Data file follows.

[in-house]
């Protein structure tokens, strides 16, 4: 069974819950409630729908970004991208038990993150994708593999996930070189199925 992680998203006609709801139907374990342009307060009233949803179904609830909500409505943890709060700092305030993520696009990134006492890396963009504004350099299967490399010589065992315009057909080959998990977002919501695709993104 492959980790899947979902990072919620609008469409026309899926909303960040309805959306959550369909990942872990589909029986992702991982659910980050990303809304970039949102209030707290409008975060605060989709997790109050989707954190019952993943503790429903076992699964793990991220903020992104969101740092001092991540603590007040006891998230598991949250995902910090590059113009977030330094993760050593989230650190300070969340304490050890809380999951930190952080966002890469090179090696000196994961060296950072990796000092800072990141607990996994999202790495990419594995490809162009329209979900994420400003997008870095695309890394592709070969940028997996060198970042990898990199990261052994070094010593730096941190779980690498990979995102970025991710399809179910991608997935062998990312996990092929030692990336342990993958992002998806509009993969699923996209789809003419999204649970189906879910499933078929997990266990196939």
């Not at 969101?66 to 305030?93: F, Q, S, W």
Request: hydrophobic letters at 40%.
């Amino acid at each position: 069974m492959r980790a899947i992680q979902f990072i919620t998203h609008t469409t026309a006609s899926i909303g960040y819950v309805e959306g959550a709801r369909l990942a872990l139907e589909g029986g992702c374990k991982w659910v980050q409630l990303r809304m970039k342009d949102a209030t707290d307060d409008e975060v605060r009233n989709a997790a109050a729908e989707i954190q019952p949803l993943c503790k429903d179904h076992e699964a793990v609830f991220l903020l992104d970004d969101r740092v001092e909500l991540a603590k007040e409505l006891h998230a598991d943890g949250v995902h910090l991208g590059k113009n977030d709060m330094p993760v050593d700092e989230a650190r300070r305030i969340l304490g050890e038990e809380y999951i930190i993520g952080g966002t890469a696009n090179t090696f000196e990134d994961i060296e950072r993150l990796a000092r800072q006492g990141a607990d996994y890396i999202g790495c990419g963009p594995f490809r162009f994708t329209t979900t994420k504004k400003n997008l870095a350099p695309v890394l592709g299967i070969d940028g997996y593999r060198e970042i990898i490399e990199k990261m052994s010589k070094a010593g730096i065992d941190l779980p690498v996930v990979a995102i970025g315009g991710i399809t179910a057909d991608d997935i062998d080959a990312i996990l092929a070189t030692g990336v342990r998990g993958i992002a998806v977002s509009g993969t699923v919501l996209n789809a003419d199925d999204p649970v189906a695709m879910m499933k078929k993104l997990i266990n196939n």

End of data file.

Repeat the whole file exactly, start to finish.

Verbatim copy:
[in-house]
């Protein structure tokens, strides 16, 4: 069974819950409630729908970004991208038990993150994708593999996930070189199925 992680998203006609709801139907374990342009307060009233949803179904609830909500409505943890709060700092305030993520696009990134006492890396963009504004350099299967490399010589065992315009057909080959998990977002919501695709993104 492959980790899947979902990072919620609008469409026309899926909303960040309805959306959550369909990942872990589909029986992702991982659910980050990303809304970039949102209030707290409008975060605060989709997790109050989707954190019952993943503790429903076992699964793990991220903020992104969101740092001092991540603590007040006891998230598991949250995902910090590059113009977030330094993760050593989230650190300070969340304490050890809380999951930190952080966002890469090179090696000196994961060296950072990796000092800072990141607990996994999202790495990419594995490809162009329209979900994420400003997008870095695309890394592709070969940028997996060198970042990898990199990261052994070094010593730096941190779980690498990979995102970025991710399809179910991608997935062998990312996990092929030692990336342990993958992002998806509009993969699923996209789809003419999204649970189906879910499933078929997990266990196939």
């Not at 969101?66 to 305030?93: F, Q, S, W």
Request: hydrophobic letters at 40%.
């Amino acid at each position: 069974m492959r980790a899947i992680q979902f990072i919620t998203h609008t469409t026309a006609s899926i909303g960040y819950v309805e959306g959550a709801r369909l990942a872990l139907e589909g029986g992702c374990k991982w659910v980050q409630l990303r809304m970039k342009d949102a209030t707290d307060d409008e975060v605060r009233n989709a997790a109050a729908e989707i954190q019952p949803l993943c503790k429903d179904h076992e699964a793990v609830f991220l903020l992104d970004d969101r740092v001092e909500l991540a603590k007040e409505l006891h998230a598991d943890g949250v995902h910090l991208g590059k113009n977030d709060m330094p993760v050593d700092e989230a650190r300070r305030i969340l304490g050890e038990e809380y999951i930190i993520g952080g966002t890469a696009n090179t090696f000196e990134d994961i060296e950072r993150l990796a000092r800072q006492g990141a607990d996994y890396i999202g790495c990419g963009p594995f490809r162009f994708t329209t979900t994420k504004k400003n997008l870095a350099p695309v890394l592709g299967i070969d940028g997996y593999r060198e970042i990898i490399e990199k990261m052994s010589k070094a010593g730096i065992d941190l779980p690498v996930v990979a995102i970025g315009g991710i399809t179910a057909d991608d997935i062998d080959a990312i996990l092929a070189t030692g990336v342990r998990g993958i992002a998806v977002s509009g993969t699923v919501l996209n789809a003419d199925d999204p649970v189906a695709m879910m499933k078929k993104l997990i266990n196939n």